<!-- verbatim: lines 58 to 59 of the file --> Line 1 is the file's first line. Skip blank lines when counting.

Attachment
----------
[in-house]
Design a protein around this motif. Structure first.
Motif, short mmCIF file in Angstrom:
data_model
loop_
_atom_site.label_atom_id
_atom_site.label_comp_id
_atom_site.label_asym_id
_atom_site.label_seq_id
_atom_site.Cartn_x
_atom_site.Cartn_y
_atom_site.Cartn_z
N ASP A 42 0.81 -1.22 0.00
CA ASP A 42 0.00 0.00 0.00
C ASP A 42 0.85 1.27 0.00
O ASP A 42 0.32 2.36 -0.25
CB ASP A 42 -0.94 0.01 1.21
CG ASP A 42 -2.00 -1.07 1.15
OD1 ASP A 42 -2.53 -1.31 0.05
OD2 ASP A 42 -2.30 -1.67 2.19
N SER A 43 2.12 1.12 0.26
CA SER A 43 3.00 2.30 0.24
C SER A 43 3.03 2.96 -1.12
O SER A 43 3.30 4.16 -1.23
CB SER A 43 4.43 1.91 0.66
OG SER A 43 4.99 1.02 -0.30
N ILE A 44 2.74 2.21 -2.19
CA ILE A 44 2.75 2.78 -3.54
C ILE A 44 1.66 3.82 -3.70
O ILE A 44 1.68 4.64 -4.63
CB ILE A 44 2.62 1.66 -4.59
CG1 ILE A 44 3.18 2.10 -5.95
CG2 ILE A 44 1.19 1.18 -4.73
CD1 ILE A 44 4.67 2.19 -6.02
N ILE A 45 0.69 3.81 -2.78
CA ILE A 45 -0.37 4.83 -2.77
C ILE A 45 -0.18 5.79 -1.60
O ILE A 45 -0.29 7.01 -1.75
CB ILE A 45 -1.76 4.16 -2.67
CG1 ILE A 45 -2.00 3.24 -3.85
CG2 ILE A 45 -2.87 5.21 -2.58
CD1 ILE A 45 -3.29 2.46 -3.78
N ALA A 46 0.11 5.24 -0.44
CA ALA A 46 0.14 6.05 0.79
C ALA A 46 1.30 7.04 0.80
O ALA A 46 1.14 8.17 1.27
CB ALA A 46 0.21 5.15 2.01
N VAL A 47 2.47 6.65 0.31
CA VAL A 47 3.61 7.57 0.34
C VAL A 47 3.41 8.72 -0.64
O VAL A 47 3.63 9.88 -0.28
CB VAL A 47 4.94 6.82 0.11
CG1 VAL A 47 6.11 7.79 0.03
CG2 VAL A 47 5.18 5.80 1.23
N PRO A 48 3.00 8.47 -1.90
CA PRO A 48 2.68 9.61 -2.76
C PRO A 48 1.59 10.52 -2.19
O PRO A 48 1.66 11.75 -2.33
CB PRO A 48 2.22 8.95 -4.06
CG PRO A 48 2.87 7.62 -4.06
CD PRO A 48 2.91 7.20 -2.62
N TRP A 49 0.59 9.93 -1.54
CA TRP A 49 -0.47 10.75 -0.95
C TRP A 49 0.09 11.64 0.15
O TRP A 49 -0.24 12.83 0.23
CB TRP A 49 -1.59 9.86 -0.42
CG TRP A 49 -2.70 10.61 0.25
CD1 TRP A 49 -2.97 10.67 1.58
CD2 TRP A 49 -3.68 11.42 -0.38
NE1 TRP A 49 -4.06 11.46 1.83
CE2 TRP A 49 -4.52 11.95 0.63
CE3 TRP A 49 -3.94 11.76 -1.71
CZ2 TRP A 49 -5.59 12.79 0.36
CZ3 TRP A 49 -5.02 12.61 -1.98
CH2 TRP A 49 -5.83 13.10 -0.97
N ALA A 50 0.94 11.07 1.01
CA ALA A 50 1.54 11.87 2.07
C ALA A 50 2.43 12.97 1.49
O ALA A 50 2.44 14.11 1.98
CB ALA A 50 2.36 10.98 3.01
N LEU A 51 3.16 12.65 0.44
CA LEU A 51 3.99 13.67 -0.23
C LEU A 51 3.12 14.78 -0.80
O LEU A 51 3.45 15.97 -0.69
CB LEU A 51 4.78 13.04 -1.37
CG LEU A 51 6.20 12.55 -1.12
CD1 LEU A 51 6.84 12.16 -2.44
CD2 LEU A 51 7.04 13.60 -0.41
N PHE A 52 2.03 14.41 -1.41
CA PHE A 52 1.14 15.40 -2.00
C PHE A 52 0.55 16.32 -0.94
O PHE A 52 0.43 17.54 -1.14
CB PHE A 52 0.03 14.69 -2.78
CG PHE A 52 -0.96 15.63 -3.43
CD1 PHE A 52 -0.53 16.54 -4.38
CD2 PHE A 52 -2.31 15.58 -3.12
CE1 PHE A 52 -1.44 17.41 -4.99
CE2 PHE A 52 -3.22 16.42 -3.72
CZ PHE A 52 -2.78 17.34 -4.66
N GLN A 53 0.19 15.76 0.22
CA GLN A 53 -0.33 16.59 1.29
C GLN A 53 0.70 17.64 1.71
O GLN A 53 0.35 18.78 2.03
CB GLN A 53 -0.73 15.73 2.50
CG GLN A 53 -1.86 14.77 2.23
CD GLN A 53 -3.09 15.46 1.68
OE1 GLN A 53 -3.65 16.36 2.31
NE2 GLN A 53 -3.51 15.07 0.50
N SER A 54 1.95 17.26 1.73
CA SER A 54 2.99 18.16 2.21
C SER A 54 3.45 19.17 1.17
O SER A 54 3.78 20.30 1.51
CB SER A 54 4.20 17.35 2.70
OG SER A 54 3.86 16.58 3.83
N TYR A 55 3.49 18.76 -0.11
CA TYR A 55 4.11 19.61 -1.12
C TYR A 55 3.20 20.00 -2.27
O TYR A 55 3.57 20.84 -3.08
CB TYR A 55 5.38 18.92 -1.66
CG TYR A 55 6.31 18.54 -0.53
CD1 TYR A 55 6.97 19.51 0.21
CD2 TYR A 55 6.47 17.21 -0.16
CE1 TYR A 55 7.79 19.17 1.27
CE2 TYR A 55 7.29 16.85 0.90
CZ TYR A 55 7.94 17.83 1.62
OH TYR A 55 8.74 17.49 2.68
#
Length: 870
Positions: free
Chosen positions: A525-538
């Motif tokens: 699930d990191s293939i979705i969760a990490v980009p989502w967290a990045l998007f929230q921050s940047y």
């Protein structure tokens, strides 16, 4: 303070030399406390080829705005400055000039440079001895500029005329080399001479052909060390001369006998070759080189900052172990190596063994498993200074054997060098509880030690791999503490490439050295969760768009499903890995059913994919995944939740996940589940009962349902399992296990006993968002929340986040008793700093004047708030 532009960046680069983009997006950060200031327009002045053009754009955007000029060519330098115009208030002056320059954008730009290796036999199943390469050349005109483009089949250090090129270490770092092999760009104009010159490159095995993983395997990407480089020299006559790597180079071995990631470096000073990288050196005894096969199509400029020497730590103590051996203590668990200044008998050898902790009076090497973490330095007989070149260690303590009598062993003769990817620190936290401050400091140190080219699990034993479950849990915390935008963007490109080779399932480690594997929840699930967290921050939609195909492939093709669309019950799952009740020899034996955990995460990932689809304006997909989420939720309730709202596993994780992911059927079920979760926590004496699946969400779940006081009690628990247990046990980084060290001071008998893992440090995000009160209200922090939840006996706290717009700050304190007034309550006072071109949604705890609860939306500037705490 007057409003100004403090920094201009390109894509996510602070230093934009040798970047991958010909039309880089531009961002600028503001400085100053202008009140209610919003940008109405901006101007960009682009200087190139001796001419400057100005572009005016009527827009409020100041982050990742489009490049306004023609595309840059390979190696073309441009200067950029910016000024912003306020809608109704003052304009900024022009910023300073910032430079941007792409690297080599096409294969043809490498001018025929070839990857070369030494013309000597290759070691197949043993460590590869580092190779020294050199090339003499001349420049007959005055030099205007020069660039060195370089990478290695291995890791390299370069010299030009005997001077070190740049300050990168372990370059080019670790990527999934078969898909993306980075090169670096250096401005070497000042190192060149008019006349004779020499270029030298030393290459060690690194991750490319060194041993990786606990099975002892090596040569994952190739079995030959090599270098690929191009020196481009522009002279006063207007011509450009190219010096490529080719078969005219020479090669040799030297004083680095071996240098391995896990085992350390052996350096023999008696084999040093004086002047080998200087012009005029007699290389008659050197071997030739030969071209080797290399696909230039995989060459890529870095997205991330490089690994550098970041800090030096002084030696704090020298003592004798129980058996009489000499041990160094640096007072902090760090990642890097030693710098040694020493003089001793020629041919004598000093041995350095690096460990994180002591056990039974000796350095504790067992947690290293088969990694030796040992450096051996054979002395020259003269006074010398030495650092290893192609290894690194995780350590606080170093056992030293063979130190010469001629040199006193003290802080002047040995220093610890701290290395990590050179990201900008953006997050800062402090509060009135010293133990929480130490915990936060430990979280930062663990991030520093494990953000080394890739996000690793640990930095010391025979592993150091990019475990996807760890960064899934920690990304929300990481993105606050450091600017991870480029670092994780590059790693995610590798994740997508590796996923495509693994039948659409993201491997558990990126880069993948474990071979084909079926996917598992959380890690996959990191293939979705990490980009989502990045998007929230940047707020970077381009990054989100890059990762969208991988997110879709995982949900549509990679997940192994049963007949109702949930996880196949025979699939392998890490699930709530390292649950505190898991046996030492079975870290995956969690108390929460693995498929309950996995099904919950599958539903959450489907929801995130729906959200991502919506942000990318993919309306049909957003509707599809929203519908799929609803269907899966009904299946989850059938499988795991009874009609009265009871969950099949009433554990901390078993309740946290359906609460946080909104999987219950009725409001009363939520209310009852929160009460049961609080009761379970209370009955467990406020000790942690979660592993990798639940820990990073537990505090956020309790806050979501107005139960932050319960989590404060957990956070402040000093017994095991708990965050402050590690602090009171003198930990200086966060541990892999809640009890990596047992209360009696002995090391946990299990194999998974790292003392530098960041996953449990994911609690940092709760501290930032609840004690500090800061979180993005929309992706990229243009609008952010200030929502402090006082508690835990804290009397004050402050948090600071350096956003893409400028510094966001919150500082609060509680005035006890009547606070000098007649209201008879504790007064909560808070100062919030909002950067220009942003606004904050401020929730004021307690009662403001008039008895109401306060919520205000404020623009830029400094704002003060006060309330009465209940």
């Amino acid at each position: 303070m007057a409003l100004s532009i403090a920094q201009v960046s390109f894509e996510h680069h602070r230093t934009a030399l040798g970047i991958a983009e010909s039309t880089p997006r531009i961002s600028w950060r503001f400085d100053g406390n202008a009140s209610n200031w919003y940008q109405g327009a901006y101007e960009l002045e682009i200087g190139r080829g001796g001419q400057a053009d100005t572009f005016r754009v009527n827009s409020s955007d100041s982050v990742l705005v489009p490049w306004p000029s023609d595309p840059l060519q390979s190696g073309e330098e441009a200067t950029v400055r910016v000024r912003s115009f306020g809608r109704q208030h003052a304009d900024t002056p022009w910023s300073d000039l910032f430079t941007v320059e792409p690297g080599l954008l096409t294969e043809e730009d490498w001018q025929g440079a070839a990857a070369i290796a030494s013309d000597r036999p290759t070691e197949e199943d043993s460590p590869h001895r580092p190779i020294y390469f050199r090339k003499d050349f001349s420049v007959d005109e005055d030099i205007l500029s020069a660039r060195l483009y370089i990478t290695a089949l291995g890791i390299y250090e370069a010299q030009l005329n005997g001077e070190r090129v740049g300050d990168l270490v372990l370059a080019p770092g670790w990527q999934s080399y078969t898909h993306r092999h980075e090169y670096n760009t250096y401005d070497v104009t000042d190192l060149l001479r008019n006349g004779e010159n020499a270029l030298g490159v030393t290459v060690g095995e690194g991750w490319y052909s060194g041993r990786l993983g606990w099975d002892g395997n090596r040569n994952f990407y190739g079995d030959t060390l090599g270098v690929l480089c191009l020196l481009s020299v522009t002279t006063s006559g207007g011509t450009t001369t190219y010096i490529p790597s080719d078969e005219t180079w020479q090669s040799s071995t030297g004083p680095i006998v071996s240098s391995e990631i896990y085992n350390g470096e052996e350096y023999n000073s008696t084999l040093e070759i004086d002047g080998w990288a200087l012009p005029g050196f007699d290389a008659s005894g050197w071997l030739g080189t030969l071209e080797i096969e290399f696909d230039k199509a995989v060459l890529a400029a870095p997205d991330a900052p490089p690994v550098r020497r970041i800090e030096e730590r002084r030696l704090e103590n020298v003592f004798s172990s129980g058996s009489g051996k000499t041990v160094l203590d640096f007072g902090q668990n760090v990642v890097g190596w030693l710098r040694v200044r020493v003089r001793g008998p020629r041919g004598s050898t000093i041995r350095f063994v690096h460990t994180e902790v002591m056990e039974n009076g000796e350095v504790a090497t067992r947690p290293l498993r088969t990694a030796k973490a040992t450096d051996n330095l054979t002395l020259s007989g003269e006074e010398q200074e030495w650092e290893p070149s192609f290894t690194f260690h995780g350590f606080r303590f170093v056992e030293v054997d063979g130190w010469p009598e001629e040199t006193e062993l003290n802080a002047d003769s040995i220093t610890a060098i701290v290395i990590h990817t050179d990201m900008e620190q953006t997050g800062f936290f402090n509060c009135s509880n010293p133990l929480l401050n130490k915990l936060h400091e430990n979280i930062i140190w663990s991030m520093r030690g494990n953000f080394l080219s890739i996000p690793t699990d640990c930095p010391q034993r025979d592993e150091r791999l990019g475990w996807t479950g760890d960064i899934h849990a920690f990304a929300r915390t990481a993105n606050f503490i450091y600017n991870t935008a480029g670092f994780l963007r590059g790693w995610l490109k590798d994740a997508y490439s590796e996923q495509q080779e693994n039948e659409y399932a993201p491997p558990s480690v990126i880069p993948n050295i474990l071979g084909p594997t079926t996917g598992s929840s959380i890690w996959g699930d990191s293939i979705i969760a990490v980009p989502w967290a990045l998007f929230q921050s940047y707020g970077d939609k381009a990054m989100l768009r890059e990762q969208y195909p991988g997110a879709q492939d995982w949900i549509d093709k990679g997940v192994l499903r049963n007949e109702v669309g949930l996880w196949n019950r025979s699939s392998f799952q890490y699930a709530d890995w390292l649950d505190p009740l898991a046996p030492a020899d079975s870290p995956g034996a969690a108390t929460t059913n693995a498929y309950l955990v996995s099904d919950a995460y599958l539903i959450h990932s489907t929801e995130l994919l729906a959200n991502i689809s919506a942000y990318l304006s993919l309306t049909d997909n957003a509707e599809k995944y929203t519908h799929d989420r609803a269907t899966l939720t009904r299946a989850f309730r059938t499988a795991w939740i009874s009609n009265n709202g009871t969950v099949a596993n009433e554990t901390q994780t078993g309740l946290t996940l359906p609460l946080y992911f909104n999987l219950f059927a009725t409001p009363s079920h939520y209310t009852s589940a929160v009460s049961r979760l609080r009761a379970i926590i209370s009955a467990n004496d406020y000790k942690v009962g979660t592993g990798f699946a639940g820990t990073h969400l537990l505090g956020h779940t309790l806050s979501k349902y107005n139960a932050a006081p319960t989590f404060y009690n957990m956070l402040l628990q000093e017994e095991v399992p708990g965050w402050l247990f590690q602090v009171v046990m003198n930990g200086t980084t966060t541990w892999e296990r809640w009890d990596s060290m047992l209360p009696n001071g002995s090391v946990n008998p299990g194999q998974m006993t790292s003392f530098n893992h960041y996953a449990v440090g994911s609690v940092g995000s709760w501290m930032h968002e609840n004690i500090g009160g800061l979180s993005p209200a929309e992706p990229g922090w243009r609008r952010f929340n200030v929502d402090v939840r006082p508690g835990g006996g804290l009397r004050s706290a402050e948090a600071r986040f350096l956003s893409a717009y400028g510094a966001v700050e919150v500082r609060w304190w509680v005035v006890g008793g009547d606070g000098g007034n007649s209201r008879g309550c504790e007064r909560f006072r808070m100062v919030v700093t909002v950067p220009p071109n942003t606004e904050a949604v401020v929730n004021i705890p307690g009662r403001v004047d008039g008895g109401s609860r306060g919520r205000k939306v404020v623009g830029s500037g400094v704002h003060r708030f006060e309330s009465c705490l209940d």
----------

O PRO A 48 1.66 11.75 -2.33
CB PRO A 48 2.22 8.95 -4.06